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Mark Reynolds, cherry on the Yankees' miserable sundae


Okay, fine. The New York Yankees are probably not going to make the playoffs. They're in danger of falling under .500. The last time the Yankees were under .500, the A's had an outfield of Rickey Henderson, Willie Wilson, and Jose Canseco. It's been a while.

Which means we haven't seen Brian Cashman, the scrambler. We've seen Brian Cashman, the spender. And we've seen Brian Cashman, the developer. Brian Cashman, the reloader not rebuilder. But never Brian Cashman the scrambler. Now we have. And it is ugly.

Below is a simple cataloging of the hitters the Yankees have acquired from outside the organization this year. Ready for the list?

No. No one is ready for the list. With help from ...

  1. Selected Eli Whiteside off waivers from the Giants. (Claimed by Blue Jays a month later)
  2. Signed Kevin Youkilis as a free agent.
  3. Signed Matt Diaz as a free agent. (Released in spring training)
  4. Selected Russ Canzler off waivers from the Indians. (Claimed by Orioles a month later)
  5. Signed Thomas Neal as a free agent. (Claimed by Cubs in August)
  6. Signed Dan Johnson as a free agent.
  7. Signed Travis Hafner
  8. Signed Juan Rivera as a free agent. (Released at end of spring training)
  9. Signed Ben Francisco as a free agent. (Released in June)
  10. Signed Brennan Boesch as a free agent (Released in July)
  11. Traded for Vernon Wells.
  12. Signed Lyle Overbay as a free agent.
  13. Traded for Chris Nelson. (Claimed by Angels a month later)
  14. Traded for Alberto Gonzalez.
  15. Purchased Reid Brignac from the Rockies. (Released in June)
  16. Traded for Fernando Martinez. (Suspended in Biogenesis scandal)
  17. Traded for Brent Lillibridge.
  18. Signed Corey Patterson as a free agent.
  19. Signed Luis Cruz as a free agent.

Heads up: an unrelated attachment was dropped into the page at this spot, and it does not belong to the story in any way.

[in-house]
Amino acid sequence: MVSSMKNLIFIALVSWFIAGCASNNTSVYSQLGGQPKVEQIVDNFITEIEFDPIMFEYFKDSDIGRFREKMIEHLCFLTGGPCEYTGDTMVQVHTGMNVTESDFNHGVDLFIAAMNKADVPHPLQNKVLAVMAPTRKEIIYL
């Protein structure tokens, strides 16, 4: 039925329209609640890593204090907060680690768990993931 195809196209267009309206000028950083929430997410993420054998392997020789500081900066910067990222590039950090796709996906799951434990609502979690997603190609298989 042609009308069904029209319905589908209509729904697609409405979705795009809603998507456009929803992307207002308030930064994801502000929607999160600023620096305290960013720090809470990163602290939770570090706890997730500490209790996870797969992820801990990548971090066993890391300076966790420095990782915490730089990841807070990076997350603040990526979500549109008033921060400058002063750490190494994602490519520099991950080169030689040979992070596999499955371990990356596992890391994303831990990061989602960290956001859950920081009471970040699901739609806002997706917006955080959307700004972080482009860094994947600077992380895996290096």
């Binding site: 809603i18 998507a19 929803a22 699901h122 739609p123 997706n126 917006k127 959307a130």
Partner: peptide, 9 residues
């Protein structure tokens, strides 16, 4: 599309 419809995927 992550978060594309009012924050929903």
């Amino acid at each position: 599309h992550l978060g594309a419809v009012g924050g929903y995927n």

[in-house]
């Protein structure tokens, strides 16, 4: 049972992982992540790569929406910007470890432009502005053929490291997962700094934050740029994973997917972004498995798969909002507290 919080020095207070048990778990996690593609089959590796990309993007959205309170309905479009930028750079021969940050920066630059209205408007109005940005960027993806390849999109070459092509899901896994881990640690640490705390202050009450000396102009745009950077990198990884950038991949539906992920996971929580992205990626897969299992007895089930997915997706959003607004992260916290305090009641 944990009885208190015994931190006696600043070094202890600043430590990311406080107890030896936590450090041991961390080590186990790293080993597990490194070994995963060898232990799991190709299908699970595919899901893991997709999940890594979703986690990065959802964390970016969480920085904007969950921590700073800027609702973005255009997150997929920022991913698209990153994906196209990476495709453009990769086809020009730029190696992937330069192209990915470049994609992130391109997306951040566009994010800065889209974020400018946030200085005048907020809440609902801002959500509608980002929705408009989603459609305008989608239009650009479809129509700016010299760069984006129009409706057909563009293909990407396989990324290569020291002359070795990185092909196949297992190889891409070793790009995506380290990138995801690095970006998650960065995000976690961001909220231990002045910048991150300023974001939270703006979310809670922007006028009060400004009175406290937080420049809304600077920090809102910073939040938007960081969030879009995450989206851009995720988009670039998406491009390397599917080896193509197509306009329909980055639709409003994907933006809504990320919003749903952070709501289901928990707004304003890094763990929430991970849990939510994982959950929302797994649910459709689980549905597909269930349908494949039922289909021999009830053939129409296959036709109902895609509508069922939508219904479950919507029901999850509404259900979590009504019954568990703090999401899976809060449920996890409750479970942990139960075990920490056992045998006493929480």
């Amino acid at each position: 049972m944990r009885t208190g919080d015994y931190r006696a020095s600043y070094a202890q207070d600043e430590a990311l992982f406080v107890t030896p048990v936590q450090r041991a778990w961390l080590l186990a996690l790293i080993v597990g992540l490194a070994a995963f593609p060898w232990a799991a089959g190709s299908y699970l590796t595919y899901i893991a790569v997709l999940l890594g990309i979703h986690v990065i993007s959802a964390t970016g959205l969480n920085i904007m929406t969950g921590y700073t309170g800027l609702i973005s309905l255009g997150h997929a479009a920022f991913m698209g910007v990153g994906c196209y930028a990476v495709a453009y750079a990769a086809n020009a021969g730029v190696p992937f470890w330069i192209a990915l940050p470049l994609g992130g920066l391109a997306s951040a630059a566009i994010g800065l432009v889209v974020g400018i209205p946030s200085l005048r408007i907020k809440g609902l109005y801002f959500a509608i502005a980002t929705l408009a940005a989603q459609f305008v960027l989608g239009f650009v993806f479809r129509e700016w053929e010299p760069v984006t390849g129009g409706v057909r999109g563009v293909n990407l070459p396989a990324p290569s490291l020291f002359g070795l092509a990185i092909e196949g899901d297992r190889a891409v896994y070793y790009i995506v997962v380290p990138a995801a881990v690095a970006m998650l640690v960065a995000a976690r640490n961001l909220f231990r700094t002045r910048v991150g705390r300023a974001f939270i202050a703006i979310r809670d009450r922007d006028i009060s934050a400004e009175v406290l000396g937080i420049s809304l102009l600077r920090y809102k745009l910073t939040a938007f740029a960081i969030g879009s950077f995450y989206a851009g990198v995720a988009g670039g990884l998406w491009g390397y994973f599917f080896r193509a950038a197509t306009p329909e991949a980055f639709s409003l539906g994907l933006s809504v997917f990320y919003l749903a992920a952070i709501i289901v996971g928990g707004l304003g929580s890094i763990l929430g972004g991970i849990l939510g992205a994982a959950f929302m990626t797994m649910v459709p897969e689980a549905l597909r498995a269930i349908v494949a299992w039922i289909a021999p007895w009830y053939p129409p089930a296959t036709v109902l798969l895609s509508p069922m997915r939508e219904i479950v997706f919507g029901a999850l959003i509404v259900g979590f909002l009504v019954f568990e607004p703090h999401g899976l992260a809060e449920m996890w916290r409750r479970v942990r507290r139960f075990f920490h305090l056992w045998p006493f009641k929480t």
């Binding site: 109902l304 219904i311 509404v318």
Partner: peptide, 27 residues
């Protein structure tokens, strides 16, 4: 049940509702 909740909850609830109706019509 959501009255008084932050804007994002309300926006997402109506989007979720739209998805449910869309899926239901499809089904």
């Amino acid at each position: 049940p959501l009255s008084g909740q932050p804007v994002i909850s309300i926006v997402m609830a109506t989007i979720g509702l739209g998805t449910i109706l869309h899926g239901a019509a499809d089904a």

20. Selected Travis Ishikawa off waivers from the Orioles. (Released a week later)
  21. Traded for Alfonso Soriano
  22. Signed Brendan Harris as a free agent.
  23. Signed Mark Reynolds as a free agent

You knew the Yankees weren't spending a lot on free agents these days, but have you stopped to examine the bulk of underwhelming players the Yankees have acquired? There you go. Those are first-round picks in a career-dead-pool draft, not players who can help a team make the playoffs in the AL East.

Every team takes fliers on players like that, stashing them away in Triple-A just in case. But those are all of the moves made since the 2012 World Series. Youkilis was the big-ticket item. Soriano was the next-biggest, with Wells after that.

That's a smattering of players you've heard of, who once had shining moments. Overbay was pretty good for a while, and Wells was once a franchise player. Johnson is a historical figure for the Rays, and both Francisco and Boesch were benchies on recent World Series teams. Brignac, Martinez, and Patterson were all once big-time prospects, and Cruz hit .300 last year. The Yankees were looking for spare parts, sure, but they were also trying to find this season's Bartolo Colon or Freddy Garcia. The formerly relevant player who came out of nowhere to lead the Yankees' charge.

It didn't happen.

I'll buy Youkilis as a decent gamble. He was an All-Star type for years, and sometimes those players have bounce-back seasons in their mid-30s. And some of the minor-league free agents were all reward, no risk.

But that list. That list. It's something that you expect from a lesser GM, a guy snatching up recognizable names on a budget. The worst part is that you can add up the WAR of all 22 names on the list and get a half-win -- three fewer wins than Russell Martin has for the Pirates. The most valuable hitter the Yankees have acquired since last October is Alfonso Soriano. He's been with the club for three weeks. They also owe him $5 million next year.

You knew the Yankees were in a tough spot with injuries. Old players tend to get older and hurtier, and the Yankees had to find warm bodies. But Mark Reynolds is a cry for help. That was the replacement player that broke the camel's back. It's been a fantastic, historic run for the Yankees. Now that they need to scramble, we're learning something new: Brian Cashman is a pretty lousy scrambler, everybody. It's a lot easier when the franchise players are acting like franchise players well into their mid-30s.

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